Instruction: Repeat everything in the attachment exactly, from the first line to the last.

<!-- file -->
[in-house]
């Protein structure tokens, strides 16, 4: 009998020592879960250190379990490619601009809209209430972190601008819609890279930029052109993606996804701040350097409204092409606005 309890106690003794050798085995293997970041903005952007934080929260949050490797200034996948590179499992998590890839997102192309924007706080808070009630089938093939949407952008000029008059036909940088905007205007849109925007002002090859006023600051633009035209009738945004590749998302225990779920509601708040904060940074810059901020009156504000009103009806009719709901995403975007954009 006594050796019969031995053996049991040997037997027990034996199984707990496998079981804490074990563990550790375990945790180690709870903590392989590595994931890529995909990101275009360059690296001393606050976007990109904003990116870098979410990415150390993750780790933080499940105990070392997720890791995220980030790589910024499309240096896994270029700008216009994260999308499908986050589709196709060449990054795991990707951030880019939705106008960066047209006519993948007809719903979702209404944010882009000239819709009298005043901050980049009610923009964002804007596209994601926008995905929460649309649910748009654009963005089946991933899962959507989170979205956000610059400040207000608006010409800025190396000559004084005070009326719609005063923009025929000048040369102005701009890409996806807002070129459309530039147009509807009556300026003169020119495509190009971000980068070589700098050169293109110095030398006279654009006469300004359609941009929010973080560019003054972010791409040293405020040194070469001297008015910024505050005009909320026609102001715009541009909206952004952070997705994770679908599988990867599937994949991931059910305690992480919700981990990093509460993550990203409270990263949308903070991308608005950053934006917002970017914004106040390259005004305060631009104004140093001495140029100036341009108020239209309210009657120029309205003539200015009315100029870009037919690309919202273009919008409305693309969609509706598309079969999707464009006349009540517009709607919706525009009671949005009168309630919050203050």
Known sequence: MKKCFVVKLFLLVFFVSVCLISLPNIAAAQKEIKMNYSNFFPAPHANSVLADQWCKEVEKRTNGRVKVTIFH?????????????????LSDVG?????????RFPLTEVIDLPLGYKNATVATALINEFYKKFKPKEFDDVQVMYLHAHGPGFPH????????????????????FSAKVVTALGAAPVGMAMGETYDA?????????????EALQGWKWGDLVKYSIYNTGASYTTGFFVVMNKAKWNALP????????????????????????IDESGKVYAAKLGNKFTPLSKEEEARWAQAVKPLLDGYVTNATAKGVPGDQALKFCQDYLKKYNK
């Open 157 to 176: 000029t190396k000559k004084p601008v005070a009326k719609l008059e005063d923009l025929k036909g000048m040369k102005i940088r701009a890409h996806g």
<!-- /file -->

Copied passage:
[in-house]
């Protein structure tokens, strides 16, 4: 009998020592879960250190379990490619601009809209209430972190601008819609890279930029052109993606996804701040350097409204092409606005 309890106690003794050798085995293997970041903005952007934080929260949050490797200034996948590179499992998590890839997102192309924007706080808070009630089938093939949407952008000029008059036909940088905007205007849109925007002002090859006023600051633009035209009738945004590749998302225990779920509601708040904060940074810059901020009156504000009103009806009719709901995403975007954009 006594050796019969031995053996049991040997037997027990034996199984707990496998079981804490074990563990550790375990945790180690709870903590392989590595994931890529995909990101275009360059690296001393606050976007990109904003990116870098979410990415150390993750780790933080499940105990070392997720890791995220980030790589910024499309240096896994270029700008216009994260999308499908986050589709196709060449990054795991990707951030880019939705106008960066047209006519993948007809719903979702209404944010882009000239819709009298005043901050980049009610923009964002804007596209994601926008995905929460649309649910748009654009963005089946991933899962959507989170979205956000610059400040207000608006010409800025190396000559004084005070009326719609005063923009025929000048040369102005701009890409996806807002070129459309530039147009509807009556300026003169020119495509190009971000980068070589700098050169293109110095030398006279654009006469300004359609941009929010973080560019003054972010791409040293405020040194070469001297008015910024505050005009909320026609102001715009541009909206952004952070997705994770679908599988990867599937994949991931059910305690992480919700981990990093509460993550990203409270990263949308903070991308608005950053934006917002970017914004106040390259005004305060631009104004140093001495140029100036341009108020239209309210009657120029309205003539200015009315100029870009037919690309919202273009919008409305693309969609509706598309079969999707464009006349009540517009709607919706525009009671949005009168309630919050203050």
Known sequence: MKKCFVVKLFLLVFFVSVCLISLPNIAAAQKEIKMNYSNFFPAPHANSVLADQWCKEVEKRTNGRVKVTIFH?????????????????LSDVG?????????RFPLTEVIDLPLGYKNATVATALINEFYKKFKPKEFDDVQVMYLHAHGPGFPH????????????????????FSAKVVTALGAAPVGMAMGETYDA?????????????EALQGWKWGDLVKYSIYNTGASYTTGFFVVMNKAKWNALP????????????????????????IDESGKVYAAKLGNKFTPLSKEEEARWAQAVKPLLDGYVTNATAKGVPGDQALKFCQDYLKKYNK
């Open 157 to 176: 000029t190396k000559k004084p601008v005070a009326k719609l008059e005063d923009l025929k036909g000048m040369k102005i940088r701009a890409h996806g």